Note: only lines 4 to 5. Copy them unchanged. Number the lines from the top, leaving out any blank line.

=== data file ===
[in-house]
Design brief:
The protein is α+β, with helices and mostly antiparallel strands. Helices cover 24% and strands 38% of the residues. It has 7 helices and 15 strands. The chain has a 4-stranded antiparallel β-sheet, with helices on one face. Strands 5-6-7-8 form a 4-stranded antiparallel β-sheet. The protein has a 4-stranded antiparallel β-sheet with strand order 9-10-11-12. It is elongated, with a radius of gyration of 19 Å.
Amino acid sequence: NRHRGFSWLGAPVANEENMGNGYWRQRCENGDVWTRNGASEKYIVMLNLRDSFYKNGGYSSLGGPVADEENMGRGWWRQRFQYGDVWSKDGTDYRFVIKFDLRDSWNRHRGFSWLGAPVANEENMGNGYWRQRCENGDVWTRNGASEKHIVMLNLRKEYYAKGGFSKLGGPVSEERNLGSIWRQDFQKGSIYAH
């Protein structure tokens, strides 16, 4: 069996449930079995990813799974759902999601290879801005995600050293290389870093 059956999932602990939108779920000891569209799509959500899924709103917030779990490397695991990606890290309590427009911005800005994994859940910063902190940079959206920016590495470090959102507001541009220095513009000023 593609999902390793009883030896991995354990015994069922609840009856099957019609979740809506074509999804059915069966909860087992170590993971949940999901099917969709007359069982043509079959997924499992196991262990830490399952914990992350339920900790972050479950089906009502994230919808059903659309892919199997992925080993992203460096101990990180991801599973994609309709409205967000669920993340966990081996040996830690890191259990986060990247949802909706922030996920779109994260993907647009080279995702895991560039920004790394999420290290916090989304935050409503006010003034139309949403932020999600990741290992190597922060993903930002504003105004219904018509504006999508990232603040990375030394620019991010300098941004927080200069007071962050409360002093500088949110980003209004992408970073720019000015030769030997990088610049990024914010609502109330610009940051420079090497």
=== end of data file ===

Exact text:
Amino acid sequence: NRHRGFSWLGAPVANEENMGNGYWRQRCENGDVWTRNGASEKYIVMLNLRDSFYKNGGYSSLGGPVADEENMGRGWWRQRFQYGDVWSKDGTDYRFVIKFDLRDSWNRHRGFSWLGAPVANEENMGNGYWRQRCENGDVWTRNGASEKHIVMLNLRKEYYAKGGFSKLGGPVSEERNLGSIWRQDFQKGSIYAH
């Protein structure tokens, strides 16, 4: 069996449930079995990813799974759902999601290879801005995600050293290389870093 059956999932602990939108779920000891569209799509959500899924709103917030779990490397695991990606890290309590427009911005800005994994859940910063902190940079959206920016590495470090959102507001541009220095513009000023 593609999902390793009883030896991995354990015994069922609840009856099957019609979740809506074509999804059915069966909860087992170590993971949940999901099917969709007359069982043509079959997924499992196991262990830490399952914990992350339920900790972050479950089906009502994230919808059903659309892919199997992925080993992203460096101990990180991801599973994609309709409205967000669920993340966990081996040996830690890191259990986060990247949802909706922030996920779109994260993907647009080279995702895991560039920004790394999420290290916090989304935050409503006010003034139309949403932020999600990741290992190597922060993903930002504003105004219904018509504006999508990232603040990375030394620019991010300098941004927080200069007071962050409360002093500088949110980003209004992408970073720019000015030769030997990088610049990024914010609502109330610009940051420079090497």